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May Conservation Officers' Meeting at Darley Abbey Mills


The Conservation Officers of Derbyshire and members of DHBT had their bi-annual meeting at Darley Abbey last week. The meeting was preceded by a fascinating tour of Darley Abbey Mills, by West Mill Founder, Andrew Rose.

Andrew talked to the group about the historical context of the privately owned mill complex and the lengthy process of restoration to ensure the special character of the area is preserved and enhanced.

Darley Abbey Mills, the village and Park are historically entwined and reflect the impact of the industrial revolution on the region. With the support of Richard Arkwright, Thomas Evans founded the Boar's Head Mills in 1782 with the building of Long Mill. This was followed by Middle, East, West and North Mills. These massive mills were surrounded by ancillary buildings used for cotton preparation, storage, bobbin spinning, a saw mill, coppice stores and stables.



The mills are included within the Derwent Valley Mills World Heritage Site, inscribed in 2001. The mills and stables also lie within the Darley Abbey Conservation Area.


The mills complex is surrounded on three sides by the River Derwent. Much of our tour was focussed on the West Mill, which was added in two phases beginning in 1821. It incorporates part of any earlier wheelhouse. Andrew has successfully developed this part of the building into an exclusive wedding venue, which has encouraged the physical and economic revitalisation of the area.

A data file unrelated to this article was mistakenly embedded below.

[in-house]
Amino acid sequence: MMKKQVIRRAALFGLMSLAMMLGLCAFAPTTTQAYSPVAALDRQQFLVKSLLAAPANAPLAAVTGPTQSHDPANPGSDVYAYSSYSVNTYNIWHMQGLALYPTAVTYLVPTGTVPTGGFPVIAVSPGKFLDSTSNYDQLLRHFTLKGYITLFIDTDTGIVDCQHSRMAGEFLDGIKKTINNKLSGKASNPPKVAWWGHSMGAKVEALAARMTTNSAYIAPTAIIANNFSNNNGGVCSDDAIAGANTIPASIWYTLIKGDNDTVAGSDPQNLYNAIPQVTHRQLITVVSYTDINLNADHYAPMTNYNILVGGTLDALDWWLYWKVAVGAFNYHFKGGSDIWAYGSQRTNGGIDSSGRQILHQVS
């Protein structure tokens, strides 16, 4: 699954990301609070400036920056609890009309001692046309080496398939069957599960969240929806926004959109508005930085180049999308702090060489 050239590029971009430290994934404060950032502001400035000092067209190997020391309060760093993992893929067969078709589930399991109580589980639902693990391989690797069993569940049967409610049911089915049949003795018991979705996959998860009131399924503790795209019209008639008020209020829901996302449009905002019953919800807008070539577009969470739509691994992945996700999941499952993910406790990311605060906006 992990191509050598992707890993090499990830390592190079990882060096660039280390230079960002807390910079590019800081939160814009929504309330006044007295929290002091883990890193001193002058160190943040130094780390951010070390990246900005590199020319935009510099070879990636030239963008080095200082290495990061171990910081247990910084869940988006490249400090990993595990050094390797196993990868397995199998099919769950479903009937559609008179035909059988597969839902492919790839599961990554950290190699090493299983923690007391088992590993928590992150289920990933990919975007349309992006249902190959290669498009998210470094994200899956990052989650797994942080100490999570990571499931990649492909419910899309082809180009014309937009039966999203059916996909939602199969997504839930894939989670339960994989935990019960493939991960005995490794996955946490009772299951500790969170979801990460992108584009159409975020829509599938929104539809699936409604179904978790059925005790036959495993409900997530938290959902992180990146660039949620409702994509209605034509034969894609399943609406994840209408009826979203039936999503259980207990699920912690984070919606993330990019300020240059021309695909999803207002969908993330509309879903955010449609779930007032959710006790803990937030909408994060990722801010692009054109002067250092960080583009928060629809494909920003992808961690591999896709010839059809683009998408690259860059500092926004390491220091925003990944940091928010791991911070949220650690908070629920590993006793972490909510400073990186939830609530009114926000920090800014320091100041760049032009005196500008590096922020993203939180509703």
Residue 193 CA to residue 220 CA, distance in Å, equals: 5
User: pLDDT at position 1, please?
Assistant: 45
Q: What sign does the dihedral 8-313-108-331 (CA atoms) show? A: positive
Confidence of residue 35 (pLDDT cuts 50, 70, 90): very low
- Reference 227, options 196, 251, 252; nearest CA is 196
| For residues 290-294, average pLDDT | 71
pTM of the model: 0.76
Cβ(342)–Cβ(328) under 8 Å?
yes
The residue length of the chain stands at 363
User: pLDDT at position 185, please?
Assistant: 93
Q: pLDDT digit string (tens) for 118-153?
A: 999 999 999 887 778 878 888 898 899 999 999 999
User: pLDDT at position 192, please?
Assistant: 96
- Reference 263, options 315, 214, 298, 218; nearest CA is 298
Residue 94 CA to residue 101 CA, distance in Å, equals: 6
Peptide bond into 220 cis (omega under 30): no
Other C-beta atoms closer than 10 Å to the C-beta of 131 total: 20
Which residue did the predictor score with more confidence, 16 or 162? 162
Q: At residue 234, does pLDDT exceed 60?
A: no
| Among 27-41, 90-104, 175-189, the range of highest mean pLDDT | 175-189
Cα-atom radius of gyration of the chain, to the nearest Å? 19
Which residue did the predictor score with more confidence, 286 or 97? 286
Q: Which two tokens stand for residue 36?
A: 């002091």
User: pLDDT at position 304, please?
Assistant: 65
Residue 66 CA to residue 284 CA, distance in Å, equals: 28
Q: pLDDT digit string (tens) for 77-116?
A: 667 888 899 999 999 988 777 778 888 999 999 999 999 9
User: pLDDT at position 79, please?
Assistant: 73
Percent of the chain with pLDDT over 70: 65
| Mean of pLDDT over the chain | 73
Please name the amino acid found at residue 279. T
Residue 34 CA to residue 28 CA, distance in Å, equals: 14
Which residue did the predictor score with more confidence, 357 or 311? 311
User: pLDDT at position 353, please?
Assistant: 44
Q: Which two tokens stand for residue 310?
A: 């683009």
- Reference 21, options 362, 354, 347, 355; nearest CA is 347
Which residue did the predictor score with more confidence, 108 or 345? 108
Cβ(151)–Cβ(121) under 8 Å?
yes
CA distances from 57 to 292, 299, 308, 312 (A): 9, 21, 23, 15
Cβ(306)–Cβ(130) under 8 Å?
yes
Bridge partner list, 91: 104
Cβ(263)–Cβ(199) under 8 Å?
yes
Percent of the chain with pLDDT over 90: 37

The group were shown around the four floors of the West Mill - from the Cotton Quarter on the very top floor (where the ceremonies take place); the Breakfast Room on the second floor; to the Spinning Room on the first floor (where wedding guests can dance the night away) and a spacious Gallery/Reception Room on the ground floor.


Andrew continues to work closely with Derby City's Conservation Officer to ensure the ongoing sympathetic development of the site.

The group were particularly fascinated to look inside the old school room dating from the 1790s! Hopefully this space will become offices in the future.

The meeting then took place in The Mill House, which is situated just across the road from the West Mill. This unique and stylishly furnished house is now available to rent as wedding accommodation, with 8 en-suite double bedrooms! The Grade II listed house was originally constructed in 1799 as the Mill Manager's house. Sadly, the building had not been used since the 1970s and, before Andrew's restoration project, was in a very dilapidated state. It is now a boutique house where the Georgian architecture of the 1800s house has been combined with the industrial style of the West Mill.


Unfortunately there was no time for a lie down as there was a lot to be discussed! Find out more about the West Mill Wedding Venue here.



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